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Solo vs. Team Controversy – A System Administrator Skills And Career Path Comparison.
Some Sysadmins may need a trigger warning before reading this article.
We witnessed heated debates about working inside a team versus the "does it all" IT person. Which is better for your career, education, salary, and earning potential?
A lot of this comes down to personal preference. Which technical role would you prefer? A public sector enterprise engineering team member, or a small company single IT Guru?
Sysadmins continue to argue which path requires and builds more technical skills. Which is more difficult, and which allows more freedom?
The idea of an organization utilizing a single set of eyes and ears to manage its entire IT department comes with strong opinions.
Regardless of weather folks thought it was a good idea or not, we discovered there was a consistent list of best practices and tips for those going alone as single systems administrators.
You'll want to read on if you're considering a position operating as the sole IT expert at a company.
We'll break down the rules and tips from seasoned pros and provide some clear actions for you to take.
Throughout this article, you'll see that every advantage can be seen as a disadvantage, depending on your perspective.
Your success will depend heavily on your goals, the environment, and your communication skills, perhaps more than your technical skills and experience.
The difference between a Solo Sysadmin and an Enterprise Systems Administrator.
If you already have a career as a one-person do-it-all IT pro, congratulations, your expert skills, problem-solving, and critical thinking are in high demand.
Being both capable and versatile shows, you are adaptable. You can learn whatever you need to get the job done and be successful.
Of course, there is also a different advantage to being a specialist.
Specialists will typically find it easier to succeed in public sector enterprise environments.
Enterprise roles typically have much bigger budgets, more upward mobility, and less accountability if that's your thing.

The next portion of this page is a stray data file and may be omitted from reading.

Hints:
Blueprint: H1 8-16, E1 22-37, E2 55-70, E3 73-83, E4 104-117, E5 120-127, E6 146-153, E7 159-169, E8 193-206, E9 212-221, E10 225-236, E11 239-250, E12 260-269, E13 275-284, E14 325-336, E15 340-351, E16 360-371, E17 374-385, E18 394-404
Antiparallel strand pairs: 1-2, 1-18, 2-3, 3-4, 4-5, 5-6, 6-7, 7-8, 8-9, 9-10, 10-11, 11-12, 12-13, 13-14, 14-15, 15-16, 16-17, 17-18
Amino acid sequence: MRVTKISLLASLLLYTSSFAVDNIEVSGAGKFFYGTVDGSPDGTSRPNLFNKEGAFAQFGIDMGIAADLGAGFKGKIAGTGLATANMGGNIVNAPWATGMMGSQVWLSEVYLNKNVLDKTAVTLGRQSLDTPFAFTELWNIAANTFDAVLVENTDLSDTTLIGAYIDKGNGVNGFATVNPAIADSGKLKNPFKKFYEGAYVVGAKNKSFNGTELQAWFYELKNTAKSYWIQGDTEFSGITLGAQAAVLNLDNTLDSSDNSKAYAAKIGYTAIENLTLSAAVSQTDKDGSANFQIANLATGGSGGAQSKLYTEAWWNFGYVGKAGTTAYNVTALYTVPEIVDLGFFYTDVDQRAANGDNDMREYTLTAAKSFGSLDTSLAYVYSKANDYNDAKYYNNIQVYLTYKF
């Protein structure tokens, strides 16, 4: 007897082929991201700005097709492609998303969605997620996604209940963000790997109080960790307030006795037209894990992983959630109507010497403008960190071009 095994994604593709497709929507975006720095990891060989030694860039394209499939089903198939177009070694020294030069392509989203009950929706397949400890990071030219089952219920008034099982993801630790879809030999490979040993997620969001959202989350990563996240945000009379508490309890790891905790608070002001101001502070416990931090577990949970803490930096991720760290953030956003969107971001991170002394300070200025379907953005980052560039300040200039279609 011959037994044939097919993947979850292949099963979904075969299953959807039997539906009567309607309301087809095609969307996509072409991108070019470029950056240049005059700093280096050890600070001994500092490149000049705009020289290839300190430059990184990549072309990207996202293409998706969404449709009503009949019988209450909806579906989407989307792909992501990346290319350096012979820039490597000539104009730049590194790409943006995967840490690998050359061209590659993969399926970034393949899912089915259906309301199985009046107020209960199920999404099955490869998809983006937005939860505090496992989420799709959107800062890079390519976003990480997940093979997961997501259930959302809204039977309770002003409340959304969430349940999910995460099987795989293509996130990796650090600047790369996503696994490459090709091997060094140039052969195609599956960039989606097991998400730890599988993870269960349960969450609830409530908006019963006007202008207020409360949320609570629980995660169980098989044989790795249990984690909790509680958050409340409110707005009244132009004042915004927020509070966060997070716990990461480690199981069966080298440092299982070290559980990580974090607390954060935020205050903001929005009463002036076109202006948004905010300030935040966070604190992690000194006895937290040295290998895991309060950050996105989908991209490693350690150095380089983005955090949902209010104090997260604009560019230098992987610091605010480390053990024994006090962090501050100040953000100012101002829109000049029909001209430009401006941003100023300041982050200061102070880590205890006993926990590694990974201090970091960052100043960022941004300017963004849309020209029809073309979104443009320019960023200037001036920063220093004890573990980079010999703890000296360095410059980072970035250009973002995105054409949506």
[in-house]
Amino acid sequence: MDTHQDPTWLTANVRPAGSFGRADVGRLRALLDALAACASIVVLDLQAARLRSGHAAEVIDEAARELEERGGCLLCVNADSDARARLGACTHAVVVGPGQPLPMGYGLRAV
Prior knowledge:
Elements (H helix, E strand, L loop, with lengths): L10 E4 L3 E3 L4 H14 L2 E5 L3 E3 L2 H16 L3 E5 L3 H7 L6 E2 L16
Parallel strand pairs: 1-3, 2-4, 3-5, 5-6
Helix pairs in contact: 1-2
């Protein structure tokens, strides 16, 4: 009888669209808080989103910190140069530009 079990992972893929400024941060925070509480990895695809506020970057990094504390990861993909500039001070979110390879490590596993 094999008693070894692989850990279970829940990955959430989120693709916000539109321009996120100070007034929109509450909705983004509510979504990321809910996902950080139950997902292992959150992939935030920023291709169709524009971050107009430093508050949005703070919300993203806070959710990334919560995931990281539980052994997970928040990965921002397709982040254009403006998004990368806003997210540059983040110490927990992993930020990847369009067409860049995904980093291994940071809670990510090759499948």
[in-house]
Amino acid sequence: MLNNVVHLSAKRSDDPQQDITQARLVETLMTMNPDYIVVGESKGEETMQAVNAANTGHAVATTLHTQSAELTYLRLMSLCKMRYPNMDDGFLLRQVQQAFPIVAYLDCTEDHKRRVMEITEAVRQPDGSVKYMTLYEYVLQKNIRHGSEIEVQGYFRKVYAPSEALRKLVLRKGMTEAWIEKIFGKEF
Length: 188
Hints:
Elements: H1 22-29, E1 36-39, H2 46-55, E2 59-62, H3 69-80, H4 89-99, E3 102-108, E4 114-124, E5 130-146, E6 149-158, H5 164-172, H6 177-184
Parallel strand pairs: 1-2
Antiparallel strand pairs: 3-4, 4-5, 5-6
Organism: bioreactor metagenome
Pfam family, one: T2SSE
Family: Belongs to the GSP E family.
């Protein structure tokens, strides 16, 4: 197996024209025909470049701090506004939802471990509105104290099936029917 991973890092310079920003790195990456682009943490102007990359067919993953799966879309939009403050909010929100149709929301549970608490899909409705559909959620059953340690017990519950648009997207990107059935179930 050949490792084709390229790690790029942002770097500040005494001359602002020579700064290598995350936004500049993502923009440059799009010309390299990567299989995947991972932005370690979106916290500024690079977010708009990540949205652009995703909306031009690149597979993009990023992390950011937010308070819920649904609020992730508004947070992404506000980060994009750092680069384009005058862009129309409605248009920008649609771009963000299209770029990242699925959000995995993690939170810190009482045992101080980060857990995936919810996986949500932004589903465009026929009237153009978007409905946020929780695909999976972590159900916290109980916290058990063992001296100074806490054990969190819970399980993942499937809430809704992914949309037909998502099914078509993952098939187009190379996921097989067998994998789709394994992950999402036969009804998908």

People who don't like having a one-person team say that the Admin is expected to manage multiple specialties simultaneously, which is risky.
“Sysadmins must keep everything running with complete accuracy and security, using a minimal budget, and with little to no help.”
However, many of those in favor of one-person IT departments, will tell you that it's common for large IT teams to be massively overstaffed. It's not uncommon to see archaic or obsolete IT systems that could easily be replaced.
Often, modern solutions would allow one person to do the job of ten people, in a scaleable manner. Additionally, many believe that the idea of going the jack-of-all-trades route, is more engaging, fun, and fulfilling.
What exactly is a Solo Systems Administrator’s Job Description?
Since going solo means you are the "IT Guy/Gal", you're expected to do many jobs that you would never be asked to do, or possibly allowed to do, in an enterprise environment.
Below are a few of the things you would be expected to know. Some are part of a typical Sysadmin job description and some are not, but being the "IT Person", these will usually fall on your plate.
The Expected Job Requirement Skills Of A Solo Systems Administrator
- Systems Administration
- Monitor System Performance
- Hardware Upgrades
- Hardware Failure Response
- Mobile Device support
- Cable Systems
- Controller Systems
- Operations Support
- Password Management
- Internal Tech Product Support
- Customer-facing Tech Product Support
- Technical Mitigations
- VOIP Support
- Technology / SAAS Business Application Reviews, Procurement, Support, License Management
- LAN / Low Voltage Installation and Management
- Network Administration
- Cybersecurity / Network Security
- Expert Active Directory Operational Experience
- Build and Manage Virtual Machines
- Managing User Accounts
- SSO/ SCIM/ SAML management
- User Access and Privilege Management
- Business Compliance
- Review and Assess Log Files
- Site Reliability Engineering
- Endpoint security, procurement, logistics, and support
- HRIS Systems Management
- Issues with Video Applications and Meeting Software Support – Zoom / Teams / Meet
- IP Multicast Video
- SQL Database Administration
- Implement and Maintain Backup Systems
- IT Budgeting and Procurement
- Technical Documentation of Processes
- Hardware Support, Phones, Printers, Projectors
- Video Network Architecture
- Digital Video Systems and Advanced Video Equipment Support
- On-Site Security, Keycard Badges, Door Systems, Cameras, Remote or local recording
- Maintenance of anything electronic; coffee machines, light switches, cell phones, or even the office microwave.
- Essentially, the entire IT infrastructure.
- Also, the frequent personal home computer or mobile device support requests.
In larger organizations roles like Infosec, Cybersecurity, or facilities, would be segmented into different departments. However, when you’re the “IT Person”, it’s usually all on you.
The Pros and Cons of a solo system administrator career path.
These pros and cons often change from one category to the other, depending on your personal goals and perspectives.
Therefore, we’ll list them below as reported to us, but take them with a large grain of salt.
- Your IT education is rapid, diverse, and intense. Every task or problem and its elements, are up to you to figure out and solve.
- Without anyone to ask or help, every issue responsibility, is all yours.
- Extra freedom to make your own impactful decisions.